Leading South East medical negligence solicitors, Thomson Snell & Passmore, announced today on behalf of Elizabeth Dunks the settlement of her medical negligence case against three NHS Hospital Trusts (Basildon, Southend and King’s College, London). Ms Dunks’ twin baby girls, Eliza and Beth died, within minutes of each other, when their life support machines were turned off, at just six days old, in April 2012.
18 days before the emergency caesarean section that delivered the twins, on 16 March 2012, at just over 24 weeks pregnant, Mrs Dunks felt a gush of wetness and thought that her waters had broken. She tried repeatedly to contact her midwife, and then the antenatal unit at Basildon Hospital to seek advice. She did not get through to the hospital but left messages expecting them to call her back, but they did not. She raised her concerns again a few days later with a second midwife from another hospital (Southend) who dismissed her fluid loss as urinary incontinence. On a third occasion, at Kings College Hospital, Mrs Dunks attempted to allay her remaining concerns about the continuing fluid loss, and she was again reassured that her waters had not broken. But no further examination took place. As a result Mrs Dunks’ pre-term rupture of membranes went undiagnosed for 18 days, and she was not given steroid injections, which would have potentially saved the lives of both twins, had they been given.
On 3 April 2012 Mrs Dunks umbilical cord came out whilst she was at home alone, and she was rushed to hospital for an emergency caesarean. Both baby girls, Eliza London Dianne Dunks and Beth Serenity Valerie Dunks, were born with severely underdeveloped lungs and bleeds to the brain, due to the lack of any steroids during the pregnancy, and their chance of survival was very low. Every effort was made to save the lives of the babies and they were taken, by emergency transfer, to the Acute Neonatal Treatment centre in Addenbrookes Hospital in Cambridge. Tragically, despite the teams’ best efforts, and on the advice of the doctors, the decision was taken, by Mr and Mrs Dunks to turn off the life support machines. Eliza and Beth Dunks were both baptized, and they died whilst Mrs Dunks held them on her chest for the first time.
The case began in the High Court in London yesterday, and only at that late stage, after nearly five years of flat denials from the three Hospitals involved, did the Hospitals finally agree to pay damages to Mrs Dunks and her husband, so they can now consider having a family again, using the damages awarded.
James Cahan, Partner at Thomson Snell & Passmore and medical negligence specialist who represented the Dunks family, said:
"As a result of the poor conduct of the hospitals (and their legal team) throughout this litigation, two things are very clear, firstly, they have caused Mr and Mrs Dunks over two years of additional mental anguish, and secondly, they have ended up wasting a significant amount of public money by conceding on the steps of the court. All of this was completely avoidable.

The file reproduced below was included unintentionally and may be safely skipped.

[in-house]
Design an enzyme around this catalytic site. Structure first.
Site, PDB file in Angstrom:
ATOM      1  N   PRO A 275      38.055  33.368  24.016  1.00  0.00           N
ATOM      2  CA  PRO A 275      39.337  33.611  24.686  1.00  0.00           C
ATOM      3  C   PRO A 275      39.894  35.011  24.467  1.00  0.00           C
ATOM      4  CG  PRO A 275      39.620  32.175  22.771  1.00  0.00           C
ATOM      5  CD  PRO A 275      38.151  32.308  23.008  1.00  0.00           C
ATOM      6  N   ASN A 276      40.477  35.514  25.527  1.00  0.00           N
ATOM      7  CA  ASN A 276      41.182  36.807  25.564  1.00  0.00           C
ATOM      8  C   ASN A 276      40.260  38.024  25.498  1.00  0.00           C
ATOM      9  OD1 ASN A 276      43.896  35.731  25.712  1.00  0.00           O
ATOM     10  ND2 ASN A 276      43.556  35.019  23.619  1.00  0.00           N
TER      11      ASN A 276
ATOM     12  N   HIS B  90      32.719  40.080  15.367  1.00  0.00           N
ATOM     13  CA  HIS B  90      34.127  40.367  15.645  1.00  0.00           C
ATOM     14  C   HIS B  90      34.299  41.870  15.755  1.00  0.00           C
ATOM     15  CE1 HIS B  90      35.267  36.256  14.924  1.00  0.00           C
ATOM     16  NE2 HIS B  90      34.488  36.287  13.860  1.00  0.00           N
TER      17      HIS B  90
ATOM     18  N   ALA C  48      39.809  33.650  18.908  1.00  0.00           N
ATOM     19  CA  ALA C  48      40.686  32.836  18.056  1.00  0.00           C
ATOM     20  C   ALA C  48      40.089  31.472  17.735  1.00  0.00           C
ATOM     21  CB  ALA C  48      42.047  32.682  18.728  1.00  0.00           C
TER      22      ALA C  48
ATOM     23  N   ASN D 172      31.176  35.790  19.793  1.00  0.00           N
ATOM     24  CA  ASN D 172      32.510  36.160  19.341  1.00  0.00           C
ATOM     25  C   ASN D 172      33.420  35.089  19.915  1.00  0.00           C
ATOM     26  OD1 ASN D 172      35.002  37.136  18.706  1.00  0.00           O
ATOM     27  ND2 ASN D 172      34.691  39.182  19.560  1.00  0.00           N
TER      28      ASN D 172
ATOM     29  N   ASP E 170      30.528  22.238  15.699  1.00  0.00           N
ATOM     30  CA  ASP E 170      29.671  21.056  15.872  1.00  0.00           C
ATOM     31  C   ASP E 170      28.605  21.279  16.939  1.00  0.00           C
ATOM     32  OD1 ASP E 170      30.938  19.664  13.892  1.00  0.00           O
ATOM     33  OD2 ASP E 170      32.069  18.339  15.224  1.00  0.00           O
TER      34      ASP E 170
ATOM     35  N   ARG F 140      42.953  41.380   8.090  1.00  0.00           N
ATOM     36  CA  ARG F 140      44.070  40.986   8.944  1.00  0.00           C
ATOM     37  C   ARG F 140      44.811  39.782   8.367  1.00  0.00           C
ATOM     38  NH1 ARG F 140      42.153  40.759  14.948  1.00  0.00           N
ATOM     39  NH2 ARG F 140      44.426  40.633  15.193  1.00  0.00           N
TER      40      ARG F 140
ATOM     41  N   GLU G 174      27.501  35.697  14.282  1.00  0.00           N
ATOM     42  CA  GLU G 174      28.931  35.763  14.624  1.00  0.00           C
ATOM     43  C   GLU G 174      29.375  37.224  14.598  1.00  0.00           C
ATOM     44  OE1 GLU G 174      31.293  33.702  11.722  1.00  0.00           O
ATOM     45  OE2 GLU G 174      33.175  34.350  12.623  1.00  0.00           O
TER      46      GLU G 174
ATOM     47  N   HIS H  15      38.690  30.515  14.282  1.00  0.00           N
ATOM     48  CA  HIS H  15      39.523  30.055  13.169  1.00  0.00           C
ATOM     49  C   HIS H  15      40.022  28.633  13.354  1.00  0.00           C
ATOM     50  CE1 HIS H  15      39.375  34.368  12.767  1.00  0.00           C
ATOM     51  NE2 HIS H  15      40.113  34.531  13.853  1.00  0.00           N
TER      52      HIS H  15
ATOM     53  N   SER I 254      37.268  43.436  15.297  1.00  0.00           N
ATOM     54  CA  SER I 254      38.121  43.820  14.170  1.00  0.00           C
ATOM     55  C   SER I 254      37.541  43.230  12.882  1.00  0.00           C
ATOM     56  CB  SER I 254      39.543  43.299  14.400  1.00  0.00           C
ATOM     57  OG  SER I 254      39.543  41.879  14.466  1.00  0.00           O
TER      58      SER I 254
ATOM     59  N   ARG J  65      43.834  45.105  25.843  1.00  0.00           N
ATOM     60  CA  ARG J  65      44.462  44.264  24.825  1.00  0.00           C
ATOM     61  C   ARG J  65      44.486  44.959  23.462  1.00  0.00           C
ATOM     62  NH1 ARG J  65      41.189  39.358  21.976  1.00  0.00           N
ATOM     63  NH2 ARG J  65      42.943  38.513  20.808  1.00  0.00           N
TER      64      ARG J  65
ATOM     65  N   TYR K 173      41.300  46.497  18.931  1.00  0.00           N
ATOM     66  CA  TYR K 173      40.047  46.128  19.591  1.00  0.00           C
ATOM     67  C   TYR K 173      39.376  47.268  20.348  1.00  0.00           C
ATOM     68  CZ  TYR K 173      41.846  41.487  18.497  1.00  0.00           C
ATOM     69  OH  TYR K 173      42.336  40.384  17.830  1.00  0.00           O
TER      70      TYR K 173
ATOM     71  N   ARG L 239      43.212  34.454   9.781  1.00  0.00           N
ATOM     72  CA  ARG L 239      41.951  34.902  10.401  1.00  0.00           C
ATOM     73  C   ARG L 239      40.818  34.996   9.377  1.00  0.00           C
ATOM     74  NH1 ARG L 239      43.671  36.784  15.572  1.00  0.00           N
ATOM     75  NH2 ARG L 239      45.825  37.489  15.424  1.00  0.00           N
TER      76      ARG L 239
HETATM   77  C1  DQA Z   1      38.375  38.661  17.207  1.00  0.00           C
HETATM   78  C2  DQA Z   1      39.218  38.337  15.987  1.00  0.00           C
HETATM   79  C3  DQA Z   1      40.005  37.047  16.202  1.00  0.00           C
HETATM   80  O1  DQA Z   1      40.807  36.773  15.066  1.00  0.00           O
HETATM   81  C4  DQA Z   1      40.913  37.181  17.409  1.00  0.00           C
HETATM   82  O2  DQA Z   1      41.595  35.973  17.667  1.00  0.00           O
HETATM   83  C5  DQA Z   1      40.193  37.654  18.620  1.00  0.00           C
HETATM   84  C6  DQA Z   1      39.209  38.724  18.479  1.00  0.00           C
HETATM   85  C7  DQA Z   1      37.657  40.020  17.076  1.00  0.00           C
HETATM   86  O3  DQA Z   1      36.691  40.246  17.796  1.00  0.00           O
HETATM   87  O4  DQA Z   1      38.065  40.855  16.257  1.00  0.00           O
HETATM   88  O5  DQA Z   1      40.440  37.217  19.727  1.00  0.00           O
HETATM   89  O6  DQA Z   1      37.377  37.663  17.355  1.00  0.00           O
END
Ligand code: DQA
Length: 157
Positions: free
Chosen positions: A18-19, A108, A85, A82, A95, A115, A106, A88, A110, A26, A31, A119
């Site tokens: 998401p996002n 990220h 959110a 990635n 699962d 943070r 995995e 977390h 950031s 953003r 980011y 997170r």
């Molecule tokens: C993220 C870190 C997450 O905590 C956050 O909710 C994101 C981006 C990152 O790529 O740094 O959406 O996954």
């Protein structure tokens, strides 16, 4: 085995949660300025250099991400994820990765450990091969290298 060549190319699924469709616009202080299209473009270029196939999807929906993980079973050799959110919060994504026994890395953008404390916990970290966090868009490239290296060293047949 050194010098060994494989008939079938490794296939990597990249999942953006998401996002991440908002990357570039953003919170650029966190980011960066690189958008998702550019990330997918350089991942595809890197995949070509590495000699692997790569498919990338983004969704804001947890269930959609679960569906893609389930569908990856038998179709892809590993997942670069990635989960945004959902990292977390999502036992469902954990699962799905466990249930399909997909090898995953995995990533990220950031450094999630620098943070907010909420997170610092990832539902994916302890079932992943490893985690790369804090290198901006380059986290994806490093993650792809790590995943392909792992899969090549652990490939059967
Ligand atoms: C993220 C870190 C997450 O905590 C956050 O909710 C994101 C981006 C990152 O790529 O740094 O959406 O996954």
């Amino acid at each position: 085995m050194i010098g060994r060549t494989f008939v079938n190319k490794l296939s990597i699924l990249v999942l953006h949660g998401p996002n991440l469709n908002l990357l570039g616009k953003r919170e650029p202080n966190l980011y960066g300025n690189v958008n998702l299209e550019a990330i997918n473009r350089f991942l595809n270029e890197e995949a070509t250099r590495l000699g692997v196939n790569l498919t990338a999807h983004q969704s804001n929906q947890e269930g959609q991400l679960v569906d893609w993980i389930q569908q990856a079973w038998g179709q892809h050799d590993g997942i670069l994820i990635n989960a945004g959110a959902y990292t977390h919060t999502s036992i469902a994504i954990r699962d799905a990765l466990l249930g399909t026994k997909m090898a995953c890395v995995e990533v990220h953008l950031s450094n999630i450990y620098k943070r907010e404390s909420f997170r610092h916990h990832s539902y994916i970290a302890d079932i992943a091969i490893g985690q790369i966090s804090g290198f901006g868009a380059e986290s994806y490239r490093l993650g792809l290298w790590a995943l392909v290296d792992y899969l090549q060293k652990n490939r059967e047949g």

After obtaining the evidence of eight medical experts, and years of litigation, it took the wise words of a High Court Judge yesterday, before the NHS Trusts in this case properly considered their position.
Regrettably it is all too common for this situation to arise on our cases with the NHS, and due to the amount of public money this wastes, it is currently the subject of a national audit.
If the three trusts in this case, and their legal advisors, had properly addressed the various issues involved from the start, huge sums of public money would have been saved. Settlement proposals, made by Mrs Dunks in 2015, were rejected by NHS Resolution (then the NHSLA), and the failure to deal properly with this case, until the days leading to a High Court trial has led to vastly increased legal fees and experts’ fees on both sides, very high insurance premiums, not to mention the waste of court time. In addition to all of that, Mr and Mrs Dunks have been forced to wait a further two years before damages were made available to them so they can now consider having another child, to try to rebuild their lives after the tragic loss of both of their daughters.”
Mrs Dunks, was a lifelong Christian and had ambitions of becoming a reverend, however the tragic events that occurred shook her faith to its core. With the support of her family and the church she has been able to navigate through the events that followed and she has managed to reaffirm her faith. Now Elizabeth Dunks and her husband Jon’s main wish is to raise awareness nationally about what happened to them, to try and make sure it doesn’t happen again to another family.